Cauliflower Coral

Pocillopora elegans

Pocillopora elegans is a species of colonial stony coral in the family Pocilloporidae. It is native to tropical and subtropical parts of the western, central and eastern Pacific Ocean. It is susceptible to bleaching and various coral diseases and the International Union for Conservation of Nature (IUCN) has listed it as a "vulnerable species".
P. elegans forms small clumps of short, thick, mostly erect branches with flattened tips. The surface of the coral has smooth rounded lobes known as verrucae (lumpy skeletal outgrowths that include several corallites) which give this genus of corals their characteristic appearance. The corallites are flat and very small and scattered over the surface of the skeleton. This coral varies in colour, often being some shade of cream, pink or greenish-brown. Similar species are Pocillopora verrucosa, which has rougher verrucae, Pocillopora grandis and Pocillopora capitata.
P. elegans is native to the tropical Pacific Ocean. Its range extends from peninsular Malaysia and Sumatra through the Central Pacific to Mexico, Central America, the Galapagos Islands and Colombia. It is found in shallow reef environments at depths down to about 20 m (66 ft).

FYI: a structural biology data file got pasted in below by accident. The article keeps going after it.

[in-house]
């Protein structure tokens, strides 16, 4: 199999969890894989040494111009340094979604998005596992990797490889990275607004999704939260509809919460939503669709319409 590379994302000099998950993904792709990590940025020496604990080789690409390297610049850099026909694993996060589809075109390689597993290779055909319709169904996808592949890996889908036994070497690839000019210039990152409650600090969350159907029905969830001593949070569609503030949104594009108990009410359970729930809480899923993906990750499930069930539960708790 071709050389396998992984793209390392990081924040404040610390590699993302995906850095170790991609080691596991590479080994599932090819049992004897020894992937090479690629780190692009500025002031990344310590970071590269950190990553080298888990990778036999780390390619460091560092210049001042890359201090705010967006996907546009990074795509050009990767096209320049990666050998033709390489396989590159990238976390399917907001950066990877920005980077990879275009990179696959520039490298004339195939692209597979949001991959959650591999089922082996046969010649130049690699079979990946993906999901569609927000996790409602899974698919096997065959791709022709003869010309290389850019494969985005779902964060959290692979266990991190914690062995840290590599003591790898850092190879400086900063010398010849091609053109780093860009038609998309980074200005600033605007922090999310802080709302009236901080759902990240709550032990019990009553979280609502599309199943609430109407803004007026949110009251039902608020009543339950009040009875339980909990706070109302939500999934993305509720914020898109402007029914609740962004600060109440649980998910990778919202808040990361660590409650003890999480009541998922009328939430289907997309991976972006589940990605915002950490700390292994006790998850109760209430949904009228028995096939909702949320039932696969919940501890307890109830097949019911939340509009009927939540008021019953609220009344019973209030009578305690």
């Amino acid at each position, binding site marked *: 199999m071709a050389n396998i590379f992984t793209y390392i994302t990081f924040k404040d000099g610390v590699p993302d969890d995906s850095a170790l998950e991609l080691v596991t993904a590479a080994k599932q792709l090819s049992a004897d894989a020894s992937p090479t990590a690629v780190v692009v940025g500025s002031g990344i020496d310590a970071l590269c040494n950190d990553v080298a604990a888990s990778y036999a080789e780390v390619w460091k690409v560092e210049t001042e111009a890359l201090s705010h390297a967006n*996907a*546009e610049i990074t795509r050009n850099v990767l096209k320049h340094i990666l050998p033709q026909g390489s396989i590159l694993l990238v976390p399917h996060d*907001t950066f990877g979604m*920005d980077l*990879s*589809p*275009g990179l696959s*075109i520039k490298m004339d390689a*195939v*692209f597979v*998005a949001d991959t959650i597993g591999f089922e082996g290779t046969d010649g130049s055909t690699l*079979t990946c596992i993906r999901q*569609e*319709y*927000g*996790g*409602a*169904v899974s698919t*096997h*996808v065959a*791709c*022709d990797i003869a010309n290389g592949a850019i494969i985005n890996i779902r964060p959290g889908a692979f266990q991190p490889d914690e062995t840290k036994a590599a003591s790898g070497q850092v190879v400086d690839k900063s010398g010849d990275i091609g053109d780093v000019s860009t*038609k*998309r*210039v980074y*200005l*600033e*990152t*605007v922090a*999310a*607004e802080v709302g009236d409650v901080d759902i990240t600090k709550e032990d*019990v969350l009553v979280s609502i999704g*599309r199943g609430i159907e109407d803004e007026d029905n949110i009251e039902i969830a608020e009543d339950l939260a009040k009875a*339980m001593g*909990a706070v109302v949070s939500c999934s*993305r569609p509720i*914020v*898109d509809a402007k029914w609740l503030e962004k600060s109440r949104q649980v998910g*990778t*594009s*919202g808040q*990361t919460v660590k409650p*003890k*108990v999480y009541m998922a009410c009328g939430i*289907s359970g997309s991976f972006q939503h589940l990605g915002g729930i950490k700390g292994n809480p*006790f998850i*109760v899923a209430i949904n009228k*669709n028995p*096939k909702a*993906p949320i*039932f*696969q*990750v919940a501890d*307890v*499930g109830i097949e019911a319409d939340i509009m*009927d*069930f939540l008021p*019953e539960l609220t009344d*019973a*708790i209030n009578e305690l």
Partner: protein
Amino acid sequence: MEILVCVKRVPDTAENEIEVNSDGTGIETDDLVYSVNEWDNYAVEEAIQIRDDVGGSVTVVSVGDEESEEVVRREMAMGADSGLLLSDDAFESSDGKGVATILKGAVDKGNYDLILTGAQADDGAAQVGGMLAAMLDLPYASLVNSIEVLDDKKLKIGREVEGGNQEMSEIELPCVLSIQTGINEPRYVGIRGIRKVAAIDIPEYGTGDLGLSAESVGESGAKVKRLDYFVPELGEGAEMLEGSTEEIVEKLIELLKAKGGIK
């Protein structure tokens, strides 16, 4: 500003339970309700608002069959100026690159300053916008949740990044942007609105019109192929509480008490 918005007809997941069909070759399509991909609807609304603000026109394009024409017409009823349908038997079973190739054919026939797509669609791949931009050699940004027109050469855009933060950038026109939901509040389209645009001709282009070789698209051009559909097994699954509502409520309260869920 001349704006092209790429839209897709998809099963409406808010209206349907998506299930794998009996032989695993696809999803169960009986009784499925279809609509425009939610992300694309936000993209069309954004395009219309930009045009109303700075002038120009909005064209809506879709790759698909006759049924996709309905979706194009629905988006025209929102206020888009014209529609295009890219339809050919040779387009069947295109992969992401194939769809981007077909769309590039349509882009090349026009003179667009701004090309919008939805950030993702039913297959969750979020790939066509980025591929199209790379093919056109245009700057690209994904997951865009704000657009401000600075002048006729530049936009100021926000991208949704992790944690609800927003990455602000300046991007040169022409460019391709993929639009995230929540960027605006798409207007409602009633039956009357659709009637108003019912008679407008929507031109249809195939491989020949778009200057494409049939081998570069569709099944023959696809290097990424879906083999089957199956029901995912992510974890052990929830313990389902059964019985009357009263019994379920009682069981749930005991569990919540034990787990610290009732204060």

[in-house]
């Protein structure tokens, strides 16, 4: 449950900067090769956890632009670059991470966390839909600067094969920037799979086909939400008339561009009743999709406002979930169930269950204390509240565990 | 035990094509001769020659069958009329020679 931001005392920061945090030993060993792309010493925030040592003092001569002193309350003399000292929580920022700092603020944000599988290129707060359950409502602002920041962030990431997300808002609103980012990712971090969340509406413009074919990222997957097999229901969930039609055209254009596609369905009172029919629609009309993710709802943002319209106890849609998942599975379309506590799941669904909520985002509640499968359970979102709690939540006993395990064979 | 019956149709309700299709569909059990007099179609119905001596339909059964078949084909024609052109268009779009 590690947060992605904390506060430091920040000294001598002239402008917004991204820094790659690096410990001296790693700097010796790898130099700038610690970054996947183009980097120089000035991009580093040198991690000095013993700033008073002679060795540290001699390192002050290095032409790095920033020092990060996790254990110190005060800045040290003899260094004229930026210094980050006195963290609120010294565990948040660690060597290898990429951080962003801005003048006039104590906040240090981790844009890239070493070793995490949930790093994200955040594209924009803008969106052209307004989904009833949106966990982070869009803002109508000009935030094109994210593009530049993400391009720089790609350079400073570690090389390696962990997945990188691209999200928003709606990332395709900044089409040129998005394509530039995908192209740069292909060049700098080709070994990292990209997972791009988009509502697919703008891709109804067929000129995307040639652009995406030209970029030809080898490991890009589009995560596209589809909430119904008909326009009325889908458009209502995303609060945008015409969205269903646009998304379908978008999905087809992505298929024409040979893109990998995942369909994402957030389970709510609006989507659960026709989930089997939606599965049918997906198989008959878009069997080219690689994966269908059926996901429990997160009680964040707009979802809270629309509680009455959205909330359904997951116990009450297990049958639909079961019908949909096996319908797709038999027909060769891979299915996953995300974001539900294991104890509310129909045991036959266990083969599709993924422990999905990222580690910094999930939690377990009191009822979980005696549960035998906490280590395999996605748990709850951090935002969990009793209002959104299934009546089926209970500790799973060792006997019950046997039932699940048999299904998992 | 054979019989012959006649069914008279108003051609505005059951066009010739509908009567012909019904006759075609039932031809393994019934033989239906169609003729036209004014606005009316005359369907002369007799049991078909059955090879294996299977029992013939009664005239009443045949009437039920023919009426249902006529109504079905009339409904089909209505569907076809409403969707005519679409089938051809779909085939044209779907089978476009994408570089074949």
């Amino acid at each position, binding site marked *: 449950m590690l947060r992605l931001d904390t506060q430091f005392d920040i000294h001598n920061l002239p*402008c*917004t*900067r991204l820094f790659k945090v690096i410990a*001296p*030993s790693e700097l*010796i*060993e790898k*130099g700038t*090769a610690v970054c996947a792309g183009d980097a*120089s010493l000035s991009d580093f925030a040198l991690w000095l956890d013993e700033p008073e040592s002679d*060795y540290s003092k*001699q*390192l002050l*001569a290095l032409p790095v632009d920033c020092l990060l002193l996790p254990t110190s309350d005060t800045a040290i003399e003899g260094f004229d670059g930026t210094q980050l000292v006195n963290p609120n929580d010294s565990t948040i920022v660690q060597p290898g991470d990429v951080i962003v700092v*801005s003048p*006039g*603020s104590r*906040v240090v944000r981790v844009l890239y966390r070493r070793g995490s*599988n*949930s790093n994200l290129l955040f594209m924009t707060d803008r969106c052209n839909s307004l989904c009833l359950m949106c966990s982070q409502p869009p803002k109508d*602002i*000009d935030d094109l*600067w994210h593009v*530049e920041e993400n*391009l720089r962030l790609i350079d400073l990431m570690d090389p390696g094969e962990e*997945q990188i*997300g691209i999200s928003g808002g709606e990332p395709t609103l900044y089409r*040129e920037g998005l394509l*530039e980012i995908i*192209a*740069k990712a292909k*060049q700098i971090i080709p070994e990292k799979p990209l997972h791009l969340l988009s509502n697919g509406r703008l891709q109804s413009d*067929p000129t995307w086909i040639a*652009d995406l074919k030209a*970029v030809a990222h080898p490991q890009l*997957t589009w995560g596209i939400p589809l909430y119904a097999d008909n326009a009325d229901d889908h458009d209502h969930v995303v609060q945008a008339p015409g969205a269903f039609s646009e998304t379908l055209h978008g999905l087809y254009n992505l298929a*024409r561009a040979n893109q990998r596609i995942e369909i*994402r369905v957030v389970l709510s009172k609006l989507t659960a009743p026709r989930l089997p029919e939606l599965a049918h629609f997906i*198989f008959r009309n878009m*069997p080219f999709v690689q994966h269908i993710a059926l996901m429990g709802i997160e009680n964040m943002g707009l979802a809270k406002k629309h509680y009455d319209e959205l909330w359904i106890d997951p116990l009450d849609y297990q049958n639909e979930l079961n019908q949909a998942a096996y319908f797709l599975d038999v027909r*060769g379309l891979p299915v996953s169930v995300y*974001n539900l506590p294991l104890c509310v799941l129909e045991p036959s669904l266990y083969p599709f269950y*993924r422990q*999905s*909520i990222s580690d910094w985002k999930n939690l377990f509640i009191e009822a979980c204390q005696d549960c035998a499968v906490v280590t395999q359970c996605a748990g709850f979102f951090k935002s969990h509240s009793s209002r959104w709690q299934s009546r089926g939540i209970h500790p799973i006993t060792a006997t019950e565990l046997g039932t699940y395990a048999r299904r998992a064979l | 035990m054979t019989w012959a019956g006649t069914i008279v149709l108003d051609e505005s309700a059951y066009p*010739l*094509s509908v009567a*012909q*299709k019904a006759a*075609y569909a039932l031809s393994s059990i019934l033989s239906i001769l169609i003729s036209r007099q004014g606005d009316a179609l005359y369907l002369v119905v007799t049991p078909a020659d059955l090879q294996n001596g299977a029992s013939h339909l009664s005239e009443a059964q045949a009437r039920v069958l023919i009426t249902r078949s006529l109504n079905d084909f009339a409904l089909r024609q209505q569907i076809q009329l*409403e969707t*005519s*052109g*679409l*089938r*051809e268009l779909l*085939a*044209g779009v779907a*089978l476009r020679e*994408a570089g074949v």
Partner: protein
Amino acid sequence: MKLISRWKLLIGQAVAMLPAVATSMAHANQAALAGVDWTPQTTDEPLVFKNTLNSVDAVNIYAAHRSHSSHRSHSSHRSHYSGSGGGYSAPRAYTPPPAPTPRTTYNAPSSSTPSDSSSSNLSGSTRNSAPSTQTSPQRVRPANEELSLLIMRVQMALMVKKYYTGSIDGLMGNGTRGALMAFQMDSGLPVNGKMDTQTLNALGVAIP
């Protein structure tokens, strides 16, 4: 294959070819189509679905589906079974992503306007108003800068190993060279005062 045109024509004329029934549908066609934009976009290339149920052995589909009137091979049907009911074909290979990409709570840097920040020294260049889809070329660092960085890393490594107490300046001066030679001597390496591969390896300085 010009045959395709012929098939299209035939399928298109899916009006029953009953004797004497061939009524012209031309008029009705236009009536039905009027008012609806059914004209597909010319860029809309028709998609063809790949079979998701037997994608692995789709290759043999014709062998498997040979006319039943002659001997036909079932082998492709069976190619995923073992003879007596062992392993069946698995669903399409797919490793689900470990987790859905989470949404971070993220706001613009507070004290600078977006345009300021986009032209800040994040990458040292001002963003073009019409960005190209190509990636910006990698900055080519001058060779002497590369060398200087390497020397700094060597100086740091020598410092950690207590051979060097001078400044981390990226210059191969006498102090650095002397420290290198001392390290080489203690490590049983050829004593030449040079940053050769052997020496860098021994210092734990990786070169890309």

P. elegans has a wide range and is common over much of its range, but it is particularly susceptible to bleaching, coral diseases and predation by the crown-of-thorns starfish. Before the 1982–1983 El Niño–Southern Oscillation (ENSO) event, it was, along with Pocillopora damicornis, one of the strongest and most vigorous species of reef-building corals in the eastern Pacific, but after the event, it had disappeared from many of its previous locations, although there has since been some recruitment in Costa Rica, Panama and the Galapagos Islands. In general, the reefs where it lives are under threat, and the International Union for Conservation of Nature (IUCN) has assessed its conservation status as being "vulnerable".